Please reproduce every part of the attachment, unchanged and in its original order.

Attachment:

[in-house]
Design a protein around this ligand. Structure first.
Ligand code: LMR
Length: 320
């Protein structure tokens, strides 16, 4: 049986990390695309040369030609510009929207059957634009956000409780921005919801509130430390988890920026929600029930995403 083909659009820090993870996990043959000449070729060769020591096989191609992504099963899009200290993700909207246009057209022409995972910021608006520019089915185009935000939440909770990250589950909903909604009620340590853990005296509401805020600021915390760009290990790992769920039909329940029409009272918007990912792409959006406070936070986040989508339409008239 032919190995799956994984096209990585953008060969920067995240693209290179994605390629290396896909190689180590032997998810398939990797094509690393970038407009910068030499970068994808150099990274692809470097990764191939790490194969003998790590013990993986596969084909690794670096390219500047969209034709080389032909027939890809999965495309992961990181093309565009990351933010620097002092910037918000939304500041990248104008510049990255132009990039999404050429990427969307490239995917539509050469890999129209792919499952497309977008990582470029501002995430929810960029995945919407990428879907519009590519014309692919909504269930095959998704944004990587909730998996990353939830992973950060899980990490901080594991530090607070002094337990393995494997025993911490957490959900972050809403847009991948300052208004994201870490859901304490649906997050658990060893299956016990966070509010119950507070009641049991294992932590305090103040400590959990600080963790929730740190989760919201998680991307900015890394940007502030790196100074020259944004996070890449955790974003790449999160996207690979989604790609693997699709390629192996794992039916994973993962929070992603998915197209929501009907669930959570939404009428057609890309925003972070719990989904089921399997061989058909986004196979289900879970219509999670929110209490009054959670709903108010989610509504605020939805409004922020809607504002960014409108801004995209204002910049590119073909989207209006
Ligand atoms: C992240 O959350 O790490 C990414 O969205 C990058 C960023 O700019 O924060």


[in-house]
Design a protein around this ligand. Structure first.
Ligand code: LMR
Length: 320
């Protein structure tokens, strides 16, 4: 049986990390695309040369030609510009929207059957634009956000409780921005919801509130430390988890920026929600029930995403 083909659009820090993870996990043959000449070729060769020591096989191609992504099963899009200290993700909207246009057209022409995972910021608006520019089915185009935000939440909770990250589950909903909604009620340590853990005296509401805020600021915390760009290990790992769920039909329940029409009272918007990912792409959006406070936070986040989508339409008239 032919190995799956994984096209990585953008060969920067995240693209290179994605390629290396896909190689180590032997998810398939990797094509690393970038407009910068030499970068994808150099990274692809470097990764191939790490194969003998790590013990993986596969084909690794670096390219500047969209034709080389032909027939890809999965495309992961990181093309565009990351933010620097002092910037918000939304500041990248104008510049990255132009990039999404050429990427969307490239995917539509050469890999129209792919499952497309977008990582470029501002995430929810960029995945919407990428879907519009590519014309692919909504269930095959998704944004990587909730998996990353939830992973950060899980990490901080594991530090607070002094337990393995494997025993911490957490959900972050809403847009991948300052208004994201870490859901304490649906997050658990060893299956016990966070509010119950507070009641049991294992932590305090103040400590959990600080963790929730740190989760919201998680991307900015890394940007502030790196100074020259944004996070890449955790974003790449999160996207690979989604790609693997699709390629192996794992039916994973993962929070992603998915197209929501009907669930959570939404009428057609890309925003972070719990989904089921399997061989058909986004196979289900879970219509999670929110209490009054959670709903108010989610509504605020939805409004922020809607504002960014409108801004995209204002910049590119073909989207209006
Ligand atoms: C992240 O959350 O790490 C990414 O969205 C990058 C960023 O700019 O924060």